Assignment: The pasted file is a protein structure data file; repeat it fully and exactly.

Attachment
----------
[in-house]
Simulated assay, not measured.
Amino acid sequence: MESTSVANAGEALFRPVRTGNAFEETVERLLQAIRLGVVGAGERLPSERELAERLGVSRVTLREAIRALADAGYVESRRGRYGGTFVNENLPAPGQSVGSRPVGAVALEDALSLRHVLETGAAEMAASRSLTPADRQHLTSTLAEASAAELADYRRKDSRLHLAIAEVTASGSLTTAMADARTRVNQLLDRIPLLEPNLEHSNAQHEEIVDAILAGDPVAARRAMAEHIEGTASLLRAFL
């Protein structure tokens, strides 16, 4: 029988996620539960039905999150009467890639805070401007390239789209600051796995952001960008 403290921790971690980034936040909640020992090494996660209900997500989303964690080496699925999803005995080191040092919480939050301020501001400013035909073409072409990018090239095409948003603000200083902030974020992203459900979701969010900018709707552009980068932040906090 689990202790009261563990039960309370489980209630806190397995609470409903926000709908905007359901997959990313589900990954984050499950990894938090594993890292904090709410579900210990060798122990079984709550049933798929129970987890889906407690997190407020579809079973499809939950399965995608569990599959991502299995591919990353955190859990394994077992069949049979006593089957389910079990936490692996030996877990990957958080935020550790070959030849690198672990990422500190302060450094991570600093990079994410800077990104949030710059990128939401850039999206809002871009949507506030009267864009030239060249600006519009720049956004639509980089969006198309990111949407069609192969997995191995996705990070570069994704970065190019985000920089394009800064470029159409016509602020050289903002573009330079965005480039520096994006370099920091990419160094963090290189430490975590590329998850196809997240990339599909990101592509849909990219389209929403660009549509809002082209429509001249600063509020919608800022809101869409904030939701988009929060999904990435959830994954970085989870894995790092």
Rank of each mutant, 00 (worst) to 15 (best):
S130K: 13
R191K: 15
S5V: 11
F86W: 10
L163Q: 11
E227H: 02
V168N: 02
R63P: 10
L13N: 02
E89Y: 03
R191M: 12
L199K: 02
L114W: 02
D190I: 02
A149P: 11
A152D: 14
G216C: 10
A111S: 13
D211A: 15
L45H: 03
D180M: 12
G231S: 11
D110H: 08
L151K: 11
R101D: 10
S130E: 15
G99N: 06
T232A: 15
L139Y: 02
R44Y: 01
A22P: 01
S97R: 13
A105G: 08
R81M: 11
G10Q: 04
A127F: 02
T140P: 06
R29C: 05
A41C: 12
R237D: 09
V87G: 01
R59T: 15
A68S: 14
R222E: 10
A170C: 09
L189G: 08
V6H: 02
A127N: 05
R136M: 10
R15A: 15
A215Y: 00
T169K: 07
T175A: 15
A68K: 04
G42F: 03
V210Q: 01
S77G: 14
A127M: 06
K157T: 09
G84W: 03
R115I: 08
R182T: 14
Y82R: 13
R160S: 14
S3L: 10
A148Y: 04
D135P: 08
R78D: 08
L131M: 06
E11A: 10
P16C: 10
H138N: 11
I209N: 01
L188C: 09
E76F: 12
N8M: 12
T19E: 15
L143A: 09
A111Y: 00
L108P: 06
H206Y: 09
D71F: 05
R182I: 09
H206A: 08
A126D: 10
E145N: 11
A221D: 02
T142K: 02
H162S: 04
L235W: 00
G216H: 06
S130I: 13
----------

[in-house]
Simulated assay, not measured.
Amino acid sequence: MESTSVANAGEALFRPVRTGNAFEETVERLLQAIRLGVVGAGERLPSERELAERLGVSRVTLREAIRALADAGYVESRRGRYGGTFVNENLPAPGQSVGSRPVGAVALEDALSLRHVLETGAAEMAASRSLTPADRQHLTSTLAEASAAELADYRRKDSRLHLAIAEVTASGSLTTAMADARTRVNQLLDRIPLLEPNLEHSNAQHEEIVDAILAGDPVAARRAMAEHIEGTASLLRAFL
């Protein structure tokens, strides 16, 4: 029988996620539960039905999150009467890639805070401007390239789209600051796995952001960008 403290921790971690980034936040909640020992090494996660209900997500989303964690080496699925999803005995080191040092919480939050301020501001400013035909073409072409990018090239095409948003603000200083902030974020992203459900979701969010900018709707552009980068932040906090 689990202790009261563990039960309370489980209630806190397995609470409903926000709908905007359901997959990313589900990954984050499950990894938090594993890292904090709410579900210990060798122990079984709550049933798929129970987890889906407690997190407020579809079973499809939950399965995608569990599959991502299995591919990353955190859990394994077992069949049979006593089957389910079990936490692996030996877990990957958080935020550790070959030849690198672990990422500190302060450094991570600093990079994410800077990104949030710059990128939401850039999206809002871009949507506030009267864009030239060249600006519009720049956004639509980089969006198309990111949407069609192969997995191995996705990070570069994704970065190019985000920089394009800064470029159409016509602020050289903002573009330079965005480039520096994006370099920091990419160094963090290189430490975590590329998850196809997240990339599909990101592509849909990219389209929403660009549509809002082209429509001249600063509020919608800022809101869409904030939701988009929060999904990435959830994954970085989870894995790092």
Rank of each mutant, 00 (worst) to 15 (best):
S130K: 13
R191K: 15
S5V: 11
F86W: 10
L163Q: 11
E227H: 02
V168N: 02
R63P: 10
L13N: 02
E89Y: 03
R191M: 12
L199K: 02
L114W: 02
D190I: 02
A149P: 11
A152D: 14
G216C: 10
A111S: 13
D211A: 15
L45H: 03
D180M: 12
G231S: 11
D110H: 08
L151K: 11
R101D: 10
S130E: 15
G99N: 06
T232A: 15
L139Y: 02
R44Y: 01
A22P: 01
S97R: 13
A105G: 08
R81M: 11
G10Q: 04
A127F: 02
T140P: 06
R29C: 05
A41C: 12
R237D: 09
V87G: 01
R59T: 15
A68S: 14
R222E: 10
A170C: 09
L189G: 08
V6H: 02
A127N: 05
R136M: 10
R15A: 15
A215Y: 00
T169K: 07
T175A: 15
A68K: 04
G42F: 03
V210Q: 01
S77G: 14
A127M: 06
K157T: 09
G84W: 03
R115I: 08
R182T: 14
Y82R: 13
R160S: 14
S3L: 10
A148Y: 04
D135P: 08
R78D: 08
L131M: 06
E11A: 10
P16C: 10
H138N: 11
I209N: 01
L188C: 09
E76F: 12
N8M: 12
T19E: 15
L143A: 09
A111Y: 00
L108P: 06
H206Y: 09
D71F: 05
R182I: 09
H206A: 08
A126D: 10
E145N: 11
A221D: 02
T142K: 02
H162S: 04
L235W: 00
G216H: 06
S130I: 13